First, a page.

Open letter to Congress: please do your job

Open letter to Congress: please do your job

Dear Congress,

Thank you for your dedication and excellence. You have certainly made the people of this country proud to have such experienced politicians.

Note I said politicians, not public servants.

There is a subtle yet important difference between these titles — the former fights for the good of their party and career; the latter for the good of the country and people.

Who am I to question you, however? To distinguish between politicians and public servants? To give my opinion on complex national issues?

An impudent, ignorant student in a room of experienced adults who understand the world?

Yes, I admit I have much to learn, much to see, much to experience. But how can I when my path is constantly obfuscated by national crises, wars and ideological stalemates?

In my 17 years, I have lived almost without respite in a world at war. A world in financial and economic disarray. A world of political and ideological stalemate.

When I look to Congress, I do not see the values of cooperation that I have been taught, the ideals of compromise and respect. Instead, I see a world of mudslingers and career politicians — individuals who would rather shut down the United States government than compromise. Continued congressional inaction only contributes to the problems that face my generation: the burden of a ballooning deficit, the insolvent Medicare program and an outdated tax code.

“I fear for the millennials,” said Kent Chabotar, president and professor of political science. “Our inability to remedy economic inequality or solve the pressing issues of our nation will undoubtedly cause many problems down the road.

“My generation may be the last generation to live a better life than their parents.”

I only have one question: why? Why have you picked an enmity with my generation?

I understand there are disagreements over government policy.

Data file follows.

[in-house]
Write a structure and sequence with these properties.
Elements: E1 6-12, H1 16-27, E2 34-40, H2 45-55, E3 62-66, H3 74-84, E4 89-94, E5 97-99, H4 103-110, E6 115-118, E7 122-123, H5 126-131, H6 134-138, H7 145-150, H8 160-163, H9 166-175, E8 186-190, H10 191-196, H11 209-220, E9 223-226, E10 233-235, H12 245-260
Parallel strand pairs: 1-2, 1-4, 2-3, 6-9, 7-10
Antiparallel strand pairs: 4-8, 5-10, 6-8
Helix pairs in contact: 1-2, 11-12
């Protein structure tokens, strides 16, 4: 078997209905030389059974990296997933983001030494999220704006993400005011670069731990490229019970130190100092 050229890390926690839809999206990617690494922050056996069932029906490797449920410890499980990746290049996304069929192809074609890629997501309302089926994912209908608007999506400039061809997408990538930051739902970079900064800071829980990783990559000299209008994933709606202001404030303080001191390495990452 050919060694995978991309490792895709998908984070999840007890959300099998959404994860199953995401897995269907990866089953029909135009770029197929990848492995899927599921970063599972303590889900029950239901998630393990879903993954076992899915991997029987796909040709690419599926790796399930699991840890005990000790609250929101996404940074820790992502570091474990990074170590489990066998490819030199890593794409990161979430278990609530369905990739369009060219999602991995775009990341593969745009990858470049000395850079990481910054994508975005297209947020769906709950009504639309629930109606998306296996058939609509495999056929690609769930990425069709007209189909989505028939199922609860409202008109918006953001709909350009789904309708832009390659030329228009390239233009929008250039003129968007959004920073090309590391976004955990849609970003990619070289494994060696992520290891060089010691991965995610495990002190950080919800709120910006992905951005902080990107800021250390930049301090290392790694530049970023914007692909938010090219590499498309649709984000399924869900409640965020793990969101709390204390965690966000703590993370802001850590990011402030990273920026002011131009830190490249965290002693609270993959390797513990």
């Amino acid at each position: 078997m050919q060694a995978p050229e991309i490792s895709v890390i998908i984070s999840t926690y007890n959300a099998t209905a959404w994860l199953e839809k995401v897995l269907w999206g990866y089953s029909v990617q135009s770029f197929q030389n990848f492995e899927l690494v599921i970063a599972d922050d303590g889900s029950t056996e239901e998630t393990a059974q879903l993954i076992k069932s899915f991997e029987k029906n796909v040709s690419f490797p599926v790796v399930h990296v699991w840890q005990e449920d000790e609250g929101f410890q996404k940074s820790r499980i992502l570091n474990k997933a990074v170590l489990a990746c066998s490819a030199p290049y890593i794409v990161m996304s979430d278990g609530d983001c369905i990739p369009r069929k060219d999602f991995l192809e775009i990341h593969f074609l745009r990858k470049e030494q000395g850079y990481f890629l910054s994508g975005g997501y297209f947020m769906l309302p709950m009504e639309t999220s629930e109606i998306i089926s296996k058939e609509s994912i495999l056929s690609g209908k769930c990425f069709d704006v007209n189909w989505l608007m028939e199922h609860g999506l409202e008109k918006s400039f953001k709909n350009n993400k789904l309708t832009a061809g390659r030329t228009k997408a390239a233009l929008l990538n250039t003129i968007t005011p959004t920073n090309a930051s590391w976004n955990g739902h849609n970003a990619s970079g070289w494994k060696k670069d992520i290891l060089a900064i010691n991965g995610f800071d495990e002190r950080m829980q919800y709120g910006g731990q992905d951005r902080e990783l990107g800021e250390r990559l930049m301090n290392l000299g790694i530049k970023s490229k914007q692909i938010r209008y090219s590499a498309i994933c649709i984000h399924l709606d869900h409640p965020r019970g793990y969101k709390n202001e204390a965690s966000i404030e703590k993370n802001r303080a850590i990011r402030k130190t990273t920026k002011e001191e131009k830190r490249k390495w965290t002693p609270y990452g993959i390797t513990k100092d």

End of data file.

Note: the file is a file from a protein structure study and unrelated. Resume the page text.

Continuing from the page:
“People are very passionate about these issues on both sides of the political fence, which has resulted in a highly polarized political environment,” explained N.C. District 59 Representative Jon Hardister in an email interview with The Guilfordian.

That is fine, even good — this passion, these disagreements and these debates fuel better policy. That is, of course, if senators and representatives are willing to listen to each other make decisions based on rationale rather than ideology.

“Inaction has and will cripple consumer confidence and scare the markets,” said junior James Missell, an economics and political science double major. “Washington is playing a game for the rich and holding a gun to the heads of the rest of the population.

“It is making a mockery of the United States to the world and destroying our international credit.”

Please, put aside your differences and do the work you were elected to do. We will bear the burden of your actions, whether in the form of exorbitant taxes, decreased quality of education or a lower standard of living. The future of my generation and future generations lies in your hands.

But, I understand that we cannot just rely on these earnest pleas and must take action ourselves. To that effect, I urge all readers to take Rep. Hardister’s advice:

“If Americans stand up for what they believe, cast their vote and get involved, then there is no limit to what we can accomplish.

“I encourage all Americans to get informed, study the issues and then take action.”

To my readers and the public: do not step back and mute your voices; this is the time to be heard.

To Congress: I expect that you have heard this message and hope to see some effect soon.